Reishiki and Class Etiquette


Opening Class Etiquette

Our classes start in one of two ways. The simplest is the “informal bow in” where Sensei will have everyone line up with the command, Seireitsu. Once everyone is in place he will then call, “Rei” which is to show courtesy and respect. Then we will begin class.

The more typical is our formal opening or Reishiki which begins with seireitsu but continues into kneeling and meditation. After everyone is lined up the Sempei will call the next commands of “Yoi” (ready stance), “Seiza” (kneeling/sitting position), “Mokuso” (meditation), “Makosu Yame” (end meditation).

At this point we show curtesty and respect by bowing 3 times. First is to the shomen (front of the dojo) with shomen ni rei, to show respect to all the karateka who have come before us. Next is to your teacher with renshi in rei. Then to each other with, outage ni rei, as we all help each other learn.

Finally, Sensei will call, “Tate” (stand) and will we begin class.

Basic Etiquette

Basic class etiquette is based on respect for the art, your teachers and your fellow classmates. Here is a set of guidelines that apply to all karateka (peope who study karate), from white belt through master level.

Honor the art and all who have contributed to it in the person of the teacher by bowing to the teacher. With the bow you also honor your own potential.

Class Etiquette

Set an example of focus and attentiveness in class. Even if the material seems familiar, class is a learning opportunity for you, as well as for those with less experience.

Allow the teacher to complete his/her presentation. If you have a question, it may well be answered as the session unfolds.

Continue practicing a given exercise until the teacher is ready for the class to move on. This attitude of perseverance develops devotion and earns respect and personal attention.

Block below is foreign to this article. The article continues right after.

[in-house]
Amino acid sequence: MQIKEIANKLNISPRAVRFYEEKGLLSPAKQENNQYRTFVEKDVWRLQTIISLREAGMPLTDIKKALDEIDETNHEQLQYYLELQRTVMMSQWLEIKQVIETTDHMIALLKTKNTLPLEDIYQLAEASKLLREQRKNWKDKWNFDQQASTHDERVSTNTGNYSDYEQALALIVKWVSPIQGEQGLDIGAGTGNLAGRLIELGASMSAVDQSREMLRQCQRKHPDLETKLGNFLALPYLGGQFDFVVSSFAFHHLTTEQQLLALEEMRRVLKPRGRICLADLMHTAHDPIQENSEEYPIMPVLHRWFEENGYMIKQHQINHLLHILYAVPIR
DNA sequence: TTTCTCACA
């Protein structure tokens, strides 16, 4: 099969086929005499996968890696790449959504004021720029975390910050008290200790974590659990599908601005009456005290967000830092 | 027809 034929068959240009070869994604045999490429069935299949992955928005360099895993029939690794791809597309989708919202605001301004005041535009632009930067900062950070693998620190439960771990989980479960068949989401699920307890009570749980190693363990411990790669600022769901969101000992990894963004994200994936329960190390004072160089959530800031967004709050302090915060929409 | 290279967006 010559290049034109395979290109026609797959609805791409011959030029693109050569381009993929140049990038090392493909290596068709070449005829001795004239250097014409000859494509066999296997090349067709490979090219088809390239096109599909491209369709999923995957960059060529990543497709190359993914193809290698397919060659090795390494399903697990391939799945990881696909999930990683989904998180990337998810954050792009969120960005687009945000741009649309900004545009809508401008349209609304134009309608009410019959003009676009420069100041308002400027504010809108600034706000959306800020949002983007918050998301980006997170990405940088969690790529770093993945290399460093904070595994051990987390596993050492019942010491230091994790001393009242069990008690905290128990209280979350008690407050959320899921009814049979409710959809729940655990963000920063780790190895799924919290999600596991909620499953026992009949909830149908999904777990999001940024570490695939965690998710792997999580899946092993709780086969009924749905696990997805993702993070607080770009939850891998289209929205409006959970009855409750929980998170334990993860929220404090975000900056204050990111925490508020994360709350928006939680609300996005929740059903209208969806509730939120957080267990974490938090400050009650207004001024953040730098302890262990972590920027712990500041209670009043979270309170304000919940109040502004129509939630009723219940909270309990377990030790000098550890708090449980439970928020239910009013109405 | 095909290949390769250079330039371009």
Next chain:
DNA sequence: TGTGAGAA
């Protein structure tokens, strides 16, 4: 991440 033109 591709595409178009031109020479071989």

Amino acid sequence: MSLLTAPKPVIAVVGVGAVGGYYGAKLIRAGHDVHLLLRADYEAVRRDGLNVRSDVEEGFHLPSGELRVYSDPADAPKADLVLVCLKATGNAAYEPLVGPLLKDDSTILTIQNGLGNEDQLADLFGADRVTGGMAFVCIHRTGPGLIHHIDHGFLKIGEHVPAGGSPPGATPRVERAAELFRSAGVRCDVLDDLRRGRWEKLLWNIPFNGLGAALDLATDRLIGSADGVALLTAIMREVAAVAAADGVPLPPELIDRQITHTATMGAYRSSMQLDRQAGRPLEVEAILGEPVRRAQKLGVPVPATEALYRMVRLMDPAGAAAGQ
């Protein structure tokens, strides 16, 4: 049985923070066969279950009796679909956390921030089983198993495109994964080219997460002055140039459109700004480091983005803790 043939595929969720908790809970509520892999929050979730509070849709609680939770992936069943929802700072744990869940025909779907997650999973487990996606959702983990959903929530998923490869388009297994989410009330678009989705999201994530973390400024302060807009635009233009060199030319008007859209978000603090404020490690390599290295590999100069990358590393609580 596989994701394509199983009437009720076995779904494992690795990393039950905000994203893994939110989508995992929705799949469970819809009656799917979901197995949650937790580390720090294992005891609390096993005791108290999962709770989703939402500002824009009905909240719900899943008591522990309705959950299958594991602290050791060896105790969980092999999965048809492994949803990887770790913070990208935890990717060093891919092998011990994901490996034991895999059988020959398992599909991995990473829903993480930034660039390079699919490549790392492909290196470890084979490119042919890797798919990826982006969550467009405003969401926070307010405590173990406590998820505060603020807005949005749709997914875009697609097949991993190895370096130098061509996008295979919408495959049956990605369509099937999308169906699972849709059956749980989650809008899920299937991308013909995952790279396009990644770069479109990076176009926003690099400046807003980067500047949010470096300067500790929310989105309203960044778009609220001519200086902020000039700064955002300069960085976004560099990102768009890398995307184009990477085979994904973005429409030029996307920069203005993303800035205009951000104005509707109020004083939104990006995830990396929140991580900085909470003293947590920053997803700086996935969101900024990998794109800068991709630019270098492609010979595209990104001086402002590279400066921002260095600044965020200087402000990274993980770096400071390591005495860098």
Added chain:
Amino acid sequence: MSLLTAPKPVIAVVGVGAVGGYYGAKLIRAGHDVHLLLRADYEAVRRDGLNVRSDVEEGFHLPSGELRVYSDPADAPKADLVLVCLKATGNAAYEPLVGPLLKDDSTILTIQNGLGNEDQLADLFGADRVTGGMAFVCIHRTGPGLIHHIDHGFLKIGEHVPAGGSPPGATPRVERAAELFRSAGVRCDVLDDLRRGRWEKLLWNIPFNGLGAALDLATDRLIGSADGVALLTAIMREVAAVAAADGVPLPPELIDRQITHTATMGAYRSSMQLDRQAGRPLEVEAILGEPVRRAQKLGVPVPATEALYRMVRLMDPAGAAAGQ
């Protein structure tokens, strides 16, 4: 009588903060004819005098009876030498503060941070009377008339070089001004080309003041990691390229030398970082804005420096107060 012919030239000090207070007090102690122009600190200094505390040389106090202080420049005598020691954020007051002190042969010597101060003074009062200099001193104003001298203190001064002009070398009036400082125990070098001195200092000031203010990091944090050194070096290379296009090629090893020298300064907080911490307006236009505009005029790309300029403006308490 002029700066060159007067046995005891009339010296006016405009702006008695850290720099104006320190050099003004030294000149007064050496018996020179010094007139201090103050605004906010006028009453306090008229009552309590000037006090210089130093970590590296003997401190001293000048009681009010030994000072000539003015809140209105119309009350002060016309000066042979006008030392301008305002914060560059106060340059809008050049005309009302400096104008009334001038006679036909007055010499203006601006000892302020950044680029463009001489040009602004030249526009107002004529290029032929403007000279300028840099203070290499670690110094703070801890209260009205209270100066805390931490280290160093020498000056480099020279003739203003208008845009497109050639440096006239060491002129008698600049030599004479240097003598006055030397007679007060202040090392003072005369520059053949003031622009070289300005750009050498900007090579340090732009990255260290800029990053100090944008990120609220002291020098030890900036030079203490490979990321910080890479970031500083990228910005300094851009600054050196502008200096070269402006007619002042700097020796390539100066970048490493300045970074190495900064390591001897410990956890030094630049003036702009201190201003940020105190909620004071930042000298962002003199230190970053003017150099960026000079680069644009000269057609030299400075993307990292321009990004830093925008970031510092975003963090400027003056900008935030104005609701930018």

Avoid correcting, teaching, or conversing with other students during class unless Sensei has paired you off or given you permission to help others.

Assist others in acquiring certain skills when asked to do so by Sensei and only when asked to do so. This is for your own development as much as for those you are helping. Be cooperative, not competitive, in learning.

Assume that whatever is happening at every moment is for your personal benefit. A particular comment or exercise introduced to the class as a whole may be especially directed toward a single student and be exactly what that student needs at that time. That student might even be you.

Practice whatever you remember, as much as you remember, as often as you can. Even if you feel it might be incorrect, practicing something is better than doing nothing and just waiting for the next class.

Show respect by helping take care of the training area. Keep your personal possessions away from the training area. Keep your clothes and gear neatly organized and stored properly. Put away anything you’ve used — put away your drinking cup; discard trash; recycle paper and plastic.

Closing Class Etiquette

At the end of class Sensei will again call, “Seireitsu” to have everyone line up. We will repeat the opening reishiki but this time after the bow to each other the Sempai will close with a thank you to the teacher with all the students repeating him using, “Domo arigato gozaimashita” to which Sensei will reply, “Otsukare sama deshita” which roughly translates to “Thank you for teaching us.” and “You did a good job.”